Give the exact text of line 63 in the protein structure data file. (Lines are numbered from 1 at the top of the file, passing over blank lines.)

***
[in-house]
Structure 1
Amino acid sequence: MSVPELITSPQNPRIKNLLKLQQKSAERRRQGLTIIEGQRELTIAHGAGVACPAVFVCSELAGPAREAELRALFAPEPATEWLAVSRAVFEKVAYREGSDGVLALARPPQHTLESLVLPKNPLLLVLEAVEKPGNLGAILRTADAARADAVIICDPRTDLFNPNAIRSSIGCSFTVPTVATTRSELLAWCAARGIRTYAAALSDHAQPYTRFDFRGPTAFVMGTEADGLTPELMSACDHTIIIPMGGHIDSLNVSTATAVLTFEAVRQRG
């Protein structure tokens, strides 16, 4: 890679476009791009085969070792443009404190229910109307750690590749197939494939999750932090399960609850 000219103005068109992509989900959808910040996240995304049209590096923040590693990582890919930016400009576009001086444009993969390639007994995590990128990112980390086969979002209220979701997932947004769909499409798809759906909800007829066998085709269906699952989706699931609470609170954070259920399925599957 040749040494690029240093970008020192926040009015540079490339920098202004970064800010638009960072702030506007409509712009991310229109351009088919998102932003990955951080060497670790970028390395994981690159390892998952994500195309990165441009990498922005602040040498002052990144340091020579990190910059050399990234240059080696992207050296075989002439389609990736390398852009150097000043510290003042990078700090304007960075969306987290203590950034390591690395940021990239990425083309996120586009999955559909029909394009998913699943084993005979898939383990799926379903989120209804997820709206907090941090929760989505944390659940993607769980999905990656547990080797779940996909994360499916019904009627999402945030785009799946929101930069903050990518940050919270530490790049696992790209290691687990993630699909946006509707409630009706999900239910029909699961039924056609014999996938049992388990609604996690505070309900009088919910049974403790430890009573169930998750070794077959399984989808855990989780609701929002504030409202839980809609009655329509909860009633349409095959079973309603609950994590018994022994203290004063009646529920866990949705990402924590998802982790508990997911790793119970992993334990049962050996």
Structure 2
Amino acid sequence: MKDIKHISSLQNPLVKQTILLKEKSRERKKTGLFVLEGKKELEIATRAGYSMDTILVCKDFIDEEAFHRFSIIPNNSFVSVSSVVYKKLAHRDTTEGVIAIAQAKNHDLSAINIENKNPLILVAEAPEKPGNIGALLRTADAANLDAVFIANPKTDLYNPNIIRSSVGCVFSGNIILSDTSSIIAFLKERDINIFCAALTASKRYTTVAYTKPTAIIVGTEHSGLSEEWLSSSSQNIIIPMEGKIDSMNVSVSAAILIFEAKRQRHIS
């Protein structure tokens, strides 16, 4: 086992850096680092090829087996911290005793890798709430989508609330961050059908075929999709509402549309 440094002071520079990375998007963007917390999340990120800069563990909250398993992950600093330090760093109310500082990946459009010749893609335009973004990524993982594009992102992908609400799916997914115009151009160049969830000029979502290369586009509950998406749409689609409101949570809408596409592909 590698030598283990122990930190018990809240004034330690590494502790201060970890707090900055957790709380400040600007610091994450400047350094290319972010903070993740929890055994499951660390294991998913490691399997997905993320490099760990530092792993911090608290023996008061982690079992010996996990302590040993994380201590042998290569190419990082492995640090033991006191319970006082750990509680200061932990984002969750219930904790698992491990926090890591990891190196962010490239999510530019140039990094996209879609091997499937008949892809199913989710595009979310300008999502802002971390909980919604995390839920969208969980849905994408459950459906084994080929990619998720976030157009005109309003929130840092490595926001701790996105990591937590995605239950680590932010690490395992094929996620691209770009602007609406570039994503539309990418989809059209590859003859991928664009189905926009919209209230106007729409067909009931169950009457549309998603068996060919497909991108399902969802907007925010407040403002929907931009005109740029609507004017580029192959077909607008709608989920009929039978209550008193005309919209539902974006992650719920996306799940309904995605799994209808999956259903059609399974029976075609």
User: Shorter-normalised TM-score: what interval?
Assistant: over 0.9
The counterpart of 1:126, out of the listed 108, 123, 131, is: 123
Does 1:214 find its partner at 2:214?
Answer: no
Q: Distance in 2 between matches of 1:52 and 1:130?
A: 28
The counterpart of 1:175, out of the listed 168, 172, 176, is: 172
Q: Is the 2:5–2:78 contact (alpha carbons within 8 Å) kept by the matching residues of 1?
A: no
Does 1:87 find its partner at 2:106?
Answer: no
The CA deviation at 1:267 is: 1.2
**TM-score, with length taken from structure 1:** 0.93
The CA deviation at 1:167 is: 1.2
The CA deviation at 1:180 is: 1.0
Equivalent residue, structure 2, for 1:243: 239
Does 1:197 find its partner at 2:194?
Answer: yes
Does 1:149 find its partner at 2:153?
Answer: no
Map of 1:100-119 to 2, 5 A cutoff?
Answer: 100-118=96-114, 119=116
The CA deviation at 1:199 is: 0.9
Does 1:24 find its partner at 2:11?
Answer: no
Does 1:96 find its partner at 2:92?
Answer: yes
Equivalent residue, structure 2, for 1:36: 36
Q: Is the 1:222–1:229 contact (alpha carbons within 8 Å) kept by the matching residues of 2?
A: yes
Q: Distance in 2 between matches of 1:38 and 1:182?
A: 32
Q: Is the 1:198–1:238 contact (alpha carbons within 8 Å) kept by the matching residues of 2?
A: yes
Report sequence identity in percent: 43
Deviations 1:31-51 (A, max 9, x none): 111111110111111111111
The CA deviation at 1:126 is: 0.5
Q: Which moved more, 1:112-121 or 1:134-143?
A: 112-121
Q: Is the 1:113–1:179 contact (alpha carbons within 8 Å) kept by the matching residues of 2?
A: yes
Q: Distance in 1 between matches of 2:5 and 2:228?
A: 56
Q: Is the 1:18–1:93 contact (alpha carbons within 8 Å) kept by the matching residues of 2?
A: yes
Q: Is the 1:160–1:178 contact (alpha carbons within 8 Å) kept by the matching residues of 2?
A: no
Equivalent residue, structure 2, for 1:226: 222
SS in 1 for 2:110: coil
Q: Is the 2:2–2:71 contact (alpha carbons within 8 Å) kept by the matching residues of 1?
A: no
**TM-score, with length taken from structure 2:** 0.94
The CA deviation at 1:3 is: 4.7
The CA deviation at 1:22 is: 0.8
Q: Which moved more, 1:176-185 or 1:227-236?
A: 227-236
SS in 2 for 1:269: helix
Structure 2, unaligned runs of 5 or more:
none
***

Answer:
Q: Which moved more, 1:176-185 or 1:227-236?